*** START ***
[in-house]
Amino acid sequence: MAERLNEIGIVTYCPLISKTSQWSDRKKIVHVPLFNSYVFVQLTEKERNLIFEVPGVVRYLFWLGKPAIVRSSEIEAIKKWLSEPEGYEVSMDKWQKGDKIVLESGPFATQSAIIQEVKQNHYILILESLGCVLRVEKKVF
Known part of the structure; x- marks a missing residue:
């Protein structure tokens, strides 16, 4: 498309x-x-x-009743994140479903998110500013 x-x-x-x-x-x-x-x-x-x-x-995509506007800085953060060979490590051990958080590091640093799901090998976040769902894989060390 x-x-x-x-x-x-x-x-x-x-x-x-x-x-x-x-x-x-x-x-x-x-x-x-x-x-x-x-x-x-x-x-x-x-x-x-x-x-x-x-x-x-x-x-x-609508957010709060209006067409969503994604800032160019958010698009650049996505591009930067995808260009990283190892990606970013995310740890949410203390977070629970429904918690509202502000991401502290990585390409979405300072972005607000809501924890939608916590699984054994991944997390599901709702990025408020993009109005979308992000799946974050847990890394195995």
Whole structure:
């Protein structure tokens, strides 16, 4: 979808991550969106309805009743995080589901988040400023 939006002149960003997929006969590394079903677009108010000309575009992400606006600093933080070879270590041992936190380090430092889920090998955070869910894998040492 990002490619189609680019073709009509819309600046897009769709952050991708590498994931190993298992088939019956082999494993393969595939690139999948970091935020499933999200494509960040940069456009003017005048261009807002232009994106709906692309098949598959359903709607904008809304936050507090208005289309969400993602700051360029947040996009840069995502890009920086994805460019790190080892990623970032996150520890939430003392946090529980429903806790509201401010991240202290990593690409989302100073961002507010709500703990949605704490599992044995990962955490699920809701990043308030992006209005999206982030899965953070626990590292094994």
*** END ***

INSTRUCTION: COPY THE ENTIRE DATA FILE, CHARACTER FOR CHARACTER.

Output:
[in-house]
Amino acid sequence: MAERLNEIGIVTYCPLISKTSQWSDRKKIVHVPLFNSYVFVQLTEKERNLIFEVPGVVRYLFWLGKPAIVRSSEIEAIKKWLSEPEGYEVSMDKWQKGDKIVLESGPFATQSAIIQEVKQNHYILILESLGCVLRVEKKVF
Known part of the structure; x- marks a missing residue:
């Protein structure tokens, strides 16, 4: 498309x-x-x-009743994140479903998110500013 x-x-x-x-x-x-x-x-x-x-x-995509506007800085953060060979490590051990958080590091640093799901090998976040769902894989060390 x-x-x-x-x-x-x-x-x-x-x-x-x-x-x-x-x-x-x-x-x-x-x-x-x-x-x-x-x-x-x-x-x-x-x-x-x-x-x-x-x-x-x-x-x-609508957010709060209006067409969503994604800032160019958010698009650049996505591009930067995808260009990283190892990606970013995310740890949410203390977070629970429904918690509202502000991401502290990585390409979405300072972005607000809501924890939608916590699984054994991944997390599901709702990025408020993009109005979308992000799946974050847990890394195995």
Whole structure:
């Protein structure tokens, strides 16, 4: 979808991550969106309805009743995080589901988040400023 939006002149960003997929006969590394079903677009108010000309575009992400606006600093933080070879270590041992936190380090430092889920090998955070869910894998040492 990002490619189609680019073709009509819309600046897009769709952050991708590498994931190993298992088939019956082999494993393969595939690139999948970091935020499933999200494509960040940069456009003017005048261009807002232009994106709906692309098949598959359903709607904008809304936050507090208005289309969400993602700051360029947040996009840069995502890009920086994805460019790190080892990623970032996150520890939430003392946090529980429903806790509201401010991240202290990593690409989302100073961002507010709500703990949605704490599992044995990962955490699920809701990043308030992006209005999206982030899965953070626990590292094994």